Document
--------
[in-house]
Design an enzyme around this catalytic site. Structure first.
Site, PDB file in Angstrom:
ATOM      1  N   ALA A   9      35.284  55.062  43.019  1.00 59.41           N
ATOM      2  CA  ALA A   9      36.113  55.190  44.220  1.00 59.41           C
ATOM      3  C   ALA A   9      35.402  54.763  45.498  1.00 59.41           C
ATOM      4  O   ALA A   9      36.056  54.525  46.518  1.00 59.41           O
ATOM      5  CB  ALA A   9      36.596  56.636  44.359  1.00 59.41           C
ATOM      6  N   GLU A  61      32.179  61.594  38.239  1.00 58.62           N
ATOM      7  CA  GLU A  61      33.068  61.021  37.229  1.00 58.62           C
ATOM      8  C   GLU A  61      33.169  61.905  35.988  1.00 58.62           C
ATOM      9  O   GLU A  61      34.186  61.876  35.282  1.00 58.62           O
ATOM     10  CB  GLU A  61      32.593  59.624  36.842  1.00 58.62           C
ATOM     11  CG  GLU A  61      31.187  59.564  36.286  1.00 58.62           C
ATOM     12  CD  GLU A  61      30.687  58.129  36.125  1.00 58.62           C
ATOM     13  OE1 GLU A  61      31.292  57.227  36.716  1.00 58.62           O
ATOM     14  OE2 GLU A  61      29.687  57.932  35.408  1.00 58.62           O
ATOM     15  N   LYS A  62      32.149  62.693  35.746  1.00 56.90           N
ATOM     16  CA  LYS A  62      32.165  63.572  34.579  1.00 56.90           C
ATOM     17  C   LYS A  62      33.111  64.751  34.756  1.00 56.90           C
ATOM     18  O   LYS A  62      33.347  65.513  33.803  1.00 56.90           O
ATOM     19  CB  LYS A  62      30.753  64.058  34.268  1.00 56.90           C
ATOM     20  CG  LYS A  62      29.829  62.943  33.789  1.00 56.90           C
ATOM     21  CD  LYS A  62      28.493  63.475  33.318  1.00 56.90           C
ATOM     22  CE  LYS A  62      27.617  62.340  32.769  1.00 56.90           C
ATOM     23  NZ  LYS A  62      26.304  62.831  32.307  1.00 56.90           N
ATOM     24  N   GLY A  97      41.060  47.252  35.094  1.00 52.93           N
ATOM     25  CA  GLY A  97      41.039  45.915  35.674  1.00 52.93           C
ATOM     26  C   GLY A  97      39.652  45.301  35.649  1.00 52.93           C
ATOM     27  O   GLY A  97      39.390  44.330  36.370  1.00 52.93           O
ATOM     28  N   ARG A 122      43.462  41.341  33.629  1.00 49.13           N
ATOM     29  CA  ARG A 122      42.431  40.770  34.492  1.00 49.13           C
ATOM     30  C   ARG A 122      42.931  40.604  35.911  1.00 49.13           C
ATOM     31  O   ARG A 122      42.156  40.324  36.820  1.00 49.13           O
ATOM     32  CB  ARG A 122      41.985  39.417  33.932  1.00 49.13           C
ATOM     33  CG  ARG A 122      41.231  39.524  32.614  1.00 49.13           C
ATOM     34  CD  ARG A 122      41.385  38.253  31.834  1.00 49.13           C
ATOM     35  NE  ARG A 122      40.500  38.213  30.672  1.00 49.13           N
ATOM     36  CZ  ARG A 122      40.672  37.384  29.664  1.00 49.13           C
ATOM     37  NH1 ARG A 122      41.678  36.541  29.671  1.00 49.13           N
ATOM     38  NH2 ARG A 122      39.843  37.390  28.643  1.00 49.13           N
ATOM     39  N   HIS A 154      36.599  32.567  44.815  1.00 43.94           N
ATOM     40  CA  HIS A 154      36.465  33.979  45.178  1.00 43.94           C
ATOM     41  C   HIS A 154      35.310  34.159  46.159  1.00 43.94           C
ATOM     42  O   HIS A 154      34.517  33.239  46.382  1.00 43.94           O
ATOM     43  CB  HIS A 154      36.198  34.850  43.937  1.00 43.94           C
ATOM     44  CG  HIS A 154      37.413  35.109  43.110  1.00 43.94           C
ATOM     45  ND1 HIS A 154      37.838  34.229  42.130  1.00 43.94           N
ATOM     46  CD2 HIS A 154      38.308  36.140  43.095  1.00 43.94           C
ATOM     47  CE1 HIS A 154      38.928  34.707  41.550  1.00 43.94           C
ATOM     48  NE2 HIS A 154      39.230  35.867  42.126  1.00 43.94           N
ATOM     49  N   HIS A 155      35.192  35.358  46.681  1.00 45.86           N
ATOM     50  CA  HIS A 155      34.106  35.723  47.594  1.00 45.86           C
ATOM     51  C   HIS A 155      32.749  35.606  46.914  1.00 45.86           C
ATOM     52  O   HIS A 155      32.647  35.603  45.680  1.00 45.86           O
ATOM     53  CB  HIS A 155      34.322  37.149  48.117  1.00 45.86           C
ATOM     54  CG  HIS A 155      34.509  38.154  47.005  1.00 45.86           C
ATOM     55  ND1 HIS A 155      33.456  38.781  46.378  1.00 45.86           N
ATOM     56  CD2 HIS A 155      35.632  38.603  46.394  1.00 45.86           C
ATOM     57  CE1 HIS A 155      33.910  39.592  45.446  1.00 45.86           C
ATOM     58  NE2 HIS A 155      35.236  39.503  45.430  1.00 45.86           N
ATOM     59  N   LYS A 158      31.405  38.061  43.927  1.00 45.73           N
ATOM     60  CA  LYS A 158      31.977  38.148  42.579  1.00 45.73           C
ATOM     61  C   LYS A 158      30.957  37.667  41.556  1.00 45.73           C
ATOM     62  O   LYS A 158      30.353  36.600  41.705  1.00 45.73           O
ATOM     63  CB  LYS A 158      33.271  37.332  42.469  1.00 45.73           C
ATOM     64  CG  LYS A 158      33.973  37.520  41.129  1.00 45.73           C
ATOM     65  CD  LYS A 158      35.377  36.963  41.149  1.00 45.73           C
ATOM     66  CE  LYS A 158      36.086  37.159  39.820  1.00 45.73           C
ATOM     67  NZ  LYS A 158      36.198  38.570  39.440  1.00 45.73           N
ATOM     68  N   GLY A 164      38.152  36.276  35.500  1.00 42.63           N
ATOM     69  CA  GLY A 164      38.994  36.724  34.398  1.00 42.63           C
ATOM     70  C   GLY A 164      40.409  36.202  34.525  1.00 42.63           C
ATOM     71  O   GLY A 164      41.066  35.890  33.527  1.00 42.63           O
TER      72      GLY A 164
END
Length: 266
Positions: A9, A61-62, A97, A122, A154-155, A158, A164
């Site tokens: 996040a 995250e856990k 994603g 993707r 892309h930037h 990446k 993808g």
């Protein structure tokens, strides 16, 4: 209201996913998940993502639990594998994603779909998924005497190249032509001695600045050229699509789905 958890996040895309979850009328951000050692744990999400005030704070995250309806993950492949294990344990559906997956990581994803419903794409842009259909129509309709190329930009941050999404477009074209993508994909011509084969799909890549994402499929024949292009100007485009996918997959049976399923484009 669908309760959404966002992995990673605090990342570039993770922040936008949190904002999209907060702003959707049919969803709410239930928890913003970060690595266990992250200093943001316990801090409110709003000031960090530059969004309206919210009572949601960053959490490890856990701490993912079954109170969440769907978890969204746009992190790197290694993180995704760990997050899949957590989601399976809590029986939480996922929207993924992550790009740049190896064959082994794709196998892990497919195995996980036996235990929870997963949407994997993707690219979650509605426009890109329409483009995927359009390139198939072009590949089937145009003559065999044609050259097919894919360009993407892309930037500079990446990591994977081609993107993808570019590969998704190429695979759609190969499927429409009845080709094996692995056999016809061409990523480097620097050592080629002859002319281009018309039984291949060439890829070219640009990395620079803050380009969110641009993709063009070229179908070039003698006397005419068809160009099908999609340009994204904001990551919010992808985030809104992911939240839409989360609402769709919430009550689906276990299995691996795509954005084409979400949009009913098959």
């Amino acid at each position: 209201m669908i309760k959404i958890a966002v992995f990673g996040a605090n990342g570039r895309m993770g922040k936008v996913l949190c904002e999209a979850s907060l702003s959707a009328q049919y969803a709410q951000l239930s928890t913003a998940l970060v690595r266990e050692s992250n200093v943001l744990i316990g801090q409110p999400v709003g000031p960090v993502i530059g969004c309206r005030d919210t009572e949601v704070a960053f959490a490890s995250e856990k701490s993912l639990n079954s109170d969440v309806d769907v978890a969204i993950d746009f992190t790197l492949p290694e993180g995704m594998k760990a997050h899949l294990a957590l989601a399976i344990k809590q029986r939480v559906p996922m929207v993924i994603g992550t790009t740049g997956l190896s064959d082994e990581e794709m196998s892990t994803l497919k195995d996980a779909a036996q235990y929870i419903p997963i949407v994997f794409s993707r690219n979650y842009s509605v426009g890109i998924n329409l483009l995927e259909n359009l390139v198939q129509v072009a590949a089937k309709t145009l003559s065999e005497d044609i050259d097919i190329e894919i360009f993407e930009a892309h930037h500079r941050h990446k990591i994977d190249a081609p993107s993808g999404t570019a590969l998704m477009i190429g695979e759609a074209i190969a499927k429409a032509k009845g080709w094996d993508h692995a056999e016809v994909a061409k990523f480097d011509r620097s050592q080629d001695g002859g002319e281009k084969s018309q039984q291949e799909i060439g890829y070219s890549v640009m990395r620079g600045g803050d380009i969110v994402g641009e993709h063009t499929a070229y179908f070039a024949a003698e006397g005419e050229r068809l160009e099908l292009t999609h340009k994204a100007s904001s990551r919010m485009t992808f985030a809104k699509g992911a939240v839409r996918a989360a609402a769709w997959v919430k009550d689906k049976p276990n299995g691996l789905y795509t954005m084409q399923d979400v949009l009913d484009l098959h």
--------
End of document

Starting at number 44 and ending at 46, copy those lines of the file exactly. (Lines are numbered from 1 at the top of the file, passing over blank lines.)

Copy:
ATOM     41  C   HIS A 154      35.310  34.159  46.159  1.00 43.94           C
ATOM     42  O   HIS A 154      34.517  33.239  46.382  1.00 43.94           O
ATOM     43  CB  HIS A 154      36.198  34.850  43.937  1.00 43.94           C